Medical Matters

Recent Related News

6 June 2018: A proposal to legalise the use of cannabis (marijuana) for recreational and relaxation purposes is now firmly on the table in the Australian parliament.
The proposal is to create a government agency that would licence, monitor and regulate its production and sale, and regularly review the regulations. The agency would be the sole wholesaler, buying from producers and selling to retailers it licences.
The proposal includes some safeguards already applied to the sale of alcohol and tobacco, such as a ban on advertising, age restrictions, plain packaging requirements, and strict licensing controls.
Opponents of the proposal claim it will increase use, increase crime, increase risk of car accidents, and reduce public physical and mental health.

There have been huge improvements in the Medical field over the years, with the result that conditions once considered terminal, even though still life-threatening, are now able to be cured or greatly improved with the application of new procedures and medication, or replacement of limbs or organs with organs from donors or with prosthetics.


has ben greatly improved with identification and removal of chemicals that contributed to allergic reactions, and discovery of new, more powerful and safer ones. Some medicines used could be lethal in the wrong combinations or amounts, and these are much better controlled now. See the Medicines page for some of the earlier medicines used.

Iron Lung

Picture of an Iron Lung from 1950

The iron lung is a negative pressure ventilator, used to assist with breathing when the lungs are not capable of doing this effectively. The first negative pressure ventilator was built in 1670 By John Mayow, using a bellows and a bladder. This system was improved over time to become the Iron Lung.
The first one to be widely used was developed by Drinker and Shaw in 1928, and its first use was on a child suffering from poliomyelitis.
In the mid-20th century, the Iron Lung was used to treat coal gas poisoning and then more extensively poliomyelitis, before the Salk vaccine was developed for this in 1955, and the Sabin vaccine in 1961.
Negative pressure ventilation has now been almost entirely superseded by positive pressure ventilation.

Organ transplant

Below is a list of some of the more significant developments in organ transplant.

  • First skin auto graft transplantation of skin tissue from one location on an individual’s body to another location. 1823, Germany
  • First human-to-human corneal transplant. 1905, Morovia (Czech Republic)
  • First skin transplantation from a donor to a recipient. 1908, Switzerland
  • First living related kidney transplant (identical twins). 1954, USA
  • First heart valve person-to-person transplant. 1955, Canada
  • First kidney transplant from a deceased donor. 1962, USA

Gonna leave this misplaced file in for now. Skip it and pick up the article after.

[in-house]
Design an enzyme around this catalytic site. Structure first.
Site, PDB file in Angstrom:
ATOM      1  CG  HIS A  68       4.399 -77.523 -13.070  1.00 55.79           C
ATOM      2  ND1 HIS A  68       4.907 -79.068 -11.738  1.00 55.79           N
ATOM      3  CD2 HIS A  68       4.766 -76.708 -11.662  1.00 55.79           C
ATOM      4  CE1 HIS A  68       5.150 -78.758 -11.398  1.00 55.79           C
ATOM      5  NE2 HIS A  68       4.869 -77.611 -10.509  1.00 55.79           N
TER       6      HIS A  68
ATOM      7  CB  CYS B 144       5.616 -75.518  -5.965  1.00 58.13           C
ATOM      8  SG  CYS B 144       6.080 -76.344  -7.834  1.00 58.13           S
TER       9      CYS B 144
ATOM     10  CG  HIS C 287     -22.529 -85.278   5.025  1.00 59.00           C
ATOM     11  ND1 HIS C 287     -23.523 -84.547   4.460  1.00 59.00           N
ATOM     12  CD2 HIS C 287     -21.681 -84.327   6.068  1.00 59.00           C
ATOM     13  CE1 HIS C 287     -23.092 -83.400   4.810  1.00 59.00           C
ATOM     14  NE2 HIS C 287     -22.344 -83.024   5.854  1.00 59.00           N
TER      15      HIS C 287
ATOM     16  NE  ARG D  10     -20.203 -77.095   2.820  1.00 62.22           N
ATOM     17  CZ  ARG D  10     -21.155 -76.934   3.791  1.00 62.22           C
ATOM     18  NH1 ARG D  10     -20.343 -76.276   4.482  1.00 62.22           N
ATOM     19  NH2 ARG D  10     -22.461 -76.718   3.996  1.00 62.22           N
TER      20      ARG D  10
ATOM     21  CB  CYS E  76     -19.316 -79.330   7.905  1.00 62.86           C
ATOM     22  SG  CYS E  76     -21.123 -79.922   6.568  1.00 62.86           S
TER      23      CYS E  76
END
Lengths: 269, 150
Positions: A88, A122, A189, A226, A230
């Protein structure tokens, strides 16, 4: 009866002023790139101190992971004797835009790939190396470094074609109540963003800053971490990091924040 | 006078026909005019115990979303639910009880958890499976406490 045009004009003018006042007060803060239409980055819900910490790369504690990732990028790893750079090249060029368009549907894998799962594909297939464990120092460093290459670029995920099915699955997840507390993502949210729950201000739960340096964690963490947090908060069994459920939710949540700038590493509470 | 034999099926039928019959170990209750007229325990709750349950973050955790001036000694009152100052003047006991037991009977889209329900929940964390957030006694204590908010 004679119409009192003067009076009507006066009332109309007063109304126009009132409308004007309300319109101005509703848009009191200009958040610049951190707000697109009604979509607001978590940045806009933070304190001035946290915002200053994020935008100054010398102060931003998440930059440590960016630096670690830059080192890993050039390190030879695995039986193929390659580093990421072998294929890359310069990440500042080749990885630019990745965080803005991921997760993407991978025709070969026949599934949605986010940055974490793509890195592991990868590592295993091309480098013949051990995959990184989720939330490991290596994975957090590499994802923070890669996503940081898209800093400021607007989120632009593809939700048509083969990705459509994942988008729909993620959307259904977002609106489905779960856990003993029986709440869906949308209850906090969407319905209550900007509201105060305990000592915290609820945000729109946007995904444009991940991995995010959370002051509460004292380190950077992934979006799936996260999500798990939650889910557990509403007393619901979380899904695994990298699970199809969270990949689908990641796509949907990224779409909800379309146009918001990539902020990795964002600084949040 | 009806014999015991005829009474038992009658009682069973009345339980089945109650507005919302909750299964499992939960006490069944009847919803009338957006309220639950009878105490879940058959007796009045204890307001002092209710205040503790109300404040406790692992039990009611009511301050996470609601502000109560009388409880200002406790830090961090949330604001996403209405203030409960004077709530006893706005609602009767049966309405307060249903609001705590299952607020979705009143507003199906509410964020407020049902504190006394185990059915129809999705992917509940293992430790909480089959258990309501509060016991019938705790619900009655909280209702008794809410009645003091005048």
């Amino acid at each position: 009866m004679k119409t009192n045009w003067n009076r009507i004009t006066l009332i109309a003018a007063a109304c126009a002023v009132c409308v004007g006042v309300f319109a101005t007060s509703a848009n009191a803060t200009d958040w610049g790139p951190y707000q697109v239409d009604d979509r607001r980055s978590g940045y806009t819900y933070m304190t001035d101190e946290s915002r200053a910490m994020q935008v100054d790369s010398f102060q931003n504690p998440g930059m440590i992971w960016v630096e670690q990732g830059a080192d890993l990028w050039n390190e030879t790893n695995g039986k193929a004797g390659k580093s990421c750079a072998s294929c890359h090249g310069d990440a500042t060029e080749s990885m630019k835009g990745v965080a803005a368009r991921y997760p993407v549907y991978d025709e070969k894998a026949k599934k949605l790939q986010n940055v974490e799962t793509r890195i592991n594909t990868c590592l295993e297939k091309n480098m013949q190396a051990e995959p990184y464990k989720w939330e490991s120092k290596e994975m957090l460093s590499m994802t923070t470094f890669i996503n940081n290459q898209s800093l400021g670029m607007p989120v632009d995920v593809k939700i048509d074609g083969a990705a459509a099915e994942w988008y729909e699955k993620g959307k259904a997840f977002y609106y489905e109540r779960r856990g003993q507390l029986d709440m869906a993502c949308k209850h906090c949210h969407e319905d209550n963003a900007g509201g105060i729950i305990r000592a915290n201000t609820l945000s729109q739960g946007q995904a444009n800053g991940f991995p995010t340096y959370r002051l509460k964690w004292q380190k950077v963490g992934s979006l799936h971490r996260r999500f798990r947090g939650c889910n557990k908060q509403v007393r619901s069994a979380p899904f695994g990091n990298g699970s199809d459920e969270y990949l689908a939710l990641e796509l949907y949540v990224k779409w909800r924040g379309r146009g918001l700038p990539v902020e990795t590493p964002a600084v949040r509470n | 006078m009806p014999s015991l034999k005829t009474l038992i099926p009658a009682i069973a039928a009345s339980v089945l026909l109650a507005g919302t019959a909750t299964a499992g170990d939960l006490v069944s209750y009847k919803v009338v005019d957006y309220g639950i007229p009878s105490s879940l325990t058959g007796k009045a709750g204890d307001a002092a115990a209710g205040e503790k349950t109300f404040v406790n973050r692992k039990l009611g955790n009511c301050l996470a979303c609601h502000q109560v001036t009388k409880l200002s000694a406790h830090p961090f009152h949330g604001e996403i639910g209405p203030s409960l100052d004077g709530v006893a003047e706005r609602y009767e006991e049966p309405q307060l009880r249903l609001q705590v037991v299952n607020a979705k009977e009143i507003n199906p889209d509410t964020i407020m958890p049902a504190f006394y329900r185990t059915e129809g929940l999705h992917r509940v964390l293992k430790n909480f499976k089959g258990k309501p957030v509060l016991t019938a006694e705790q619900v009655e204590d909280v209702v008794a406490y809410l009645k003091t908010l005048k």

• First successful liver transplant. 1967, USA
  • First heart transplant. 1967, South Africa
  • First pancreas transplant. 1968, USA
  • First heart/lung transplant. 1981, USA
  • First heart-liver transplant. 1984, USA
  • First successful double lung transplant. 1986, Canada
  • The "Brisbane Technique" for splitting livers to benefit three recipients initiated. 1986, Australia

Prosthetics and mobility-aids

Picture of non-motorised mobility cart Picture of man climbing with prosthetic foot Picture of battery-powered mobility cart

Carts are available now that allow the user much better mobility than previously, with good suspension and stability. Battery-powered versions are of course more expensive. Their range depends on the type of battery but may be up to 50Km per charge.

Prosthetic limbs are artificial limbs made to replace damaged or missing limbs, from such events as birth defects, war or other accidents or disease. Below is a list of significant events in this field.

  • The earliest-known prosthetic toe made from wood and leather (from about 950–710 B.C.) was discovered in the 1800s attached to an Egyptian mummy.
  • The Greville Chester toe, created by the Egyptians (about 600BC) and discovered in 2000 near present-day Luxor, is made of a paper maché material and plaster mixture.
  • The oldest known prosthetic leg — the Capua leg — was crafted by Romans from bronze and iron with a wooden core about 300 B.C. It was once housed in the Royal College of Surgeons, but was destroyed during World War II bombings. A replica is now at the Science Museum in London.
  • Peg legs and hand hooks were common for those who could afford to have them fitted around 476–1000. Tradesmen often crafted prosthetics during this time. For example, those who made watches often used gears and springs to give limbs more detailed functionality.
  • Copper, iron, steel, and wood were the most common materials used for prosthetics from 1400–1800.
  • During the American Civil War, around 1863, the U.S. started to see advancements in the field of prosthetics. The cosmetic rubber hand was introduced with fingers that could move and various attachments, such as brushes and hooks.
  • Following World War II, most limbs were made of a combination of wood and leather. However the prosthetics were heavy, and leather can be difficult to keep clean, especially since it absorbs perspiration.
  • Plastics, polycarbonates, resins, and laminates were introduced from 1970s–1990s as light, easy-to-clean alternatives to wood and leather models. Prosthetics also started being made from lightweight materials such as carbon fiber. Synthetic sockets were custom fitted to provide a comfortable, and hygienic fit.
  • Prosthetic design has advanced to highly specialized prosthetics, including high-performance, lightweight running blades, responsive legs and feet for navigating varying terrain, and motorized hand prosthetics controlled by sensors and microprocessors. The Computer Age has arrived!
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